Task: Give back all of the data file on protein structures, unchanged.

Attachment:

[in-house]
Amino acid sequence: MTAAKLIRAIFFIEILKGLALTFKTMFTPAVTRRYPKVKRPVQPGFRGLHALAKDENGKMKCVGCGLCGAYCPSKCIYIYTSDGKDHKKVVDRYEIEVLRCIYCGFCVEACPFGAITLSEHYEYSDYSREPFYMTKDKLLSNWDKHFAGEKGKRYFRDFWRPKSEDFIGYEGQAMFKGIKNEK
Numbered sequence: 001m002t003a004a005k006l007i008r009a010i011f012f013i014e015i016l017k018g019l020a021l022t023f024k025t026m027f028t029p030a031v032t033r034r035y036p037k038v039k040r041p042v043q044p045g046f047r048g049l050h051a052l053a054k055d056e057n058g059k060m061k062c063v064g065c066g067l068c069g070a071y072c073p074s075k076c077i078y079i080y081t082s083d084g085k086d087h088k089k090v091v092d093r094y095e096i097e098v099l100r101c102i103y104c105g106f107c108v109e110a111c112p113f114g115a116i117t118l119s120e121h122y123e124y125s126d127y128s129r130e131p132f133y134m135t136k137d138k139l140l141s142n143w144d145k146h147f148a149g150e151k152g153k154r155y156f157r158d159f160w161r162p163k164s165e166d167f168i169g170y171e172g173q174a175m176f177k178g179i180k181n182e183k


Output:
[in-house]
Amino acid sequence: MTAAKLIRAIFFIEILKGLALTFKTMFTPAVTRRYPKVKRPVQPGFRGLHALAKDENGKMKCVGCGLCGAYCPSKCIYIYTSDGKDHKKVVDRYEIEVLRCIYCGFCVEACPFGAITLSEHYEYSDYSREPFYMTKDKLLSNWDKHFAGEKGKRYFRDFWRPKSEDFIGYEGQAMFKGIKNEK
Numbered sequence: 001m002t003a004a005k006l007i008r009a010i011f012f013i014e015i016l017k018g019l020a021l022t023f024k025t026m027f028t029p030a031v032t033r034r035y036p037k038v039k040r041p042v043q044p045g046f047r048g049l050h051a052l053a054k055d056e057n058g059k060m061k062c063v064g065c066g067l068c069g070a071y072c073p074s075k076c077i078y079i080y081t082s083d084g085k086d087h088k089k090v091v092d093r094y095e096i097e098v099l100r101c102i103y104c105g106f107c108v109e110a111c112p113f114g115a116i117t118l119s120e121h122y123e124y125s126d127y128s129r130e131p132f133y134m135t136k137d138k139l140l141s142n143w144d145k146h147f148a149g150e151k152g153k154r155y156f157r158d159f160w161r162p163k164s165e166d167f168i169g170y171e172g173q174a175m176f177k178g179i180k181n182e183k